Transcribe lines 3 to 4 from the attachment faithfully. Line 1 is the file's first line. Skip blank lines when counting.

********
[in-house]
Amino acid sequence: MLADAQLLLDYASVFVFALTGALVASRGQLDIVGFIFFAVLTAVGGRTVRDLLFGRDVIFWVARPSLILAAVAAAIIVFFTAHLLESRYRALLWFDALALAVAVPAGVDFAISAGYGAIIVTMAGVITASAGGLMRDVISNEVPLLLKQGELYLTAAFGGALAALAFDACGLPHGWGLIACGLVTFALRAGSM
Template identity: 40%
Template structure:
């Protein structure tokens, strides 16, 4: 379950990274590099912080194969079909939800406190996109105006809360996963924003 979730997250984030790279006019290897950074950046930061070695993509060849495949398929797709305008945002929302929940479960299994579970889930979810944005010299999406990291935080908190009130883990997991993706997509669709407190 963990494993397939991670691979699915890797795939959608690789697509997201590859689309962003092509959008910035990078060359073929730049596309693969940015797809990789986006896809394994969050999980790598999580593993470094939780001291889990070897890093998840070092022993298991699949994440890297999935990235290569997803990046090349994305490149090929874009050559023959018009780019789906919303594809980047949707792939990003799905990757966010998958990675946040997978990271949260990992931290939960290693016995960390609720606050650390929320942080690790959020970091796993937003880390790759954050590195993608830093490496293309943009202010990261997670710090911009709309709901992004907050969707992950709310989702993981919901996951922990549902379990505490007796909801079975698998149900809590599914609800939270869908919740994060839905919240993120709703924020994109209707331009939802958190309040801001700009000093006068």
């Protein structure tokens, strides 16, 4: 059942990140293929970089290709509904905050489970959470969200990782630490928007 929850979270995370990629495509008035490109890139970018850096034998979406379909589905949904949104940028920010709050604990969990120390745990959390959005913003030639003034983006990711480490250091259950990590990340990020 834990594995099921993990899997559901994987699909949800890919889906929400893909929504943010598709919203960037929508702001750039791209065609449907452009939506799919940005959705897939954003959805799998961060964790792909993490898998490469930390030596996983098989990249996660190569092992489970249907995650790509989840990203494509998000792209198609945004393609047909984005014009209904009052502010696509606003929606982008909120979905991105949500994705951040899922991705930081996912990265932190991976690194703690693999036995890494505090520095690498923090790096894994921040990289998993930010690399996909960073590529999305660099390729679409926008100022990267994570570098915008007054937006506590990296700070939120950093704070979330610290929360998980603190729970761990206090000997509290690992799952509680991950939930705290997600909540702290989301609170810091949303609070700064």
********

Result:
Template identity: 40%
Template structure: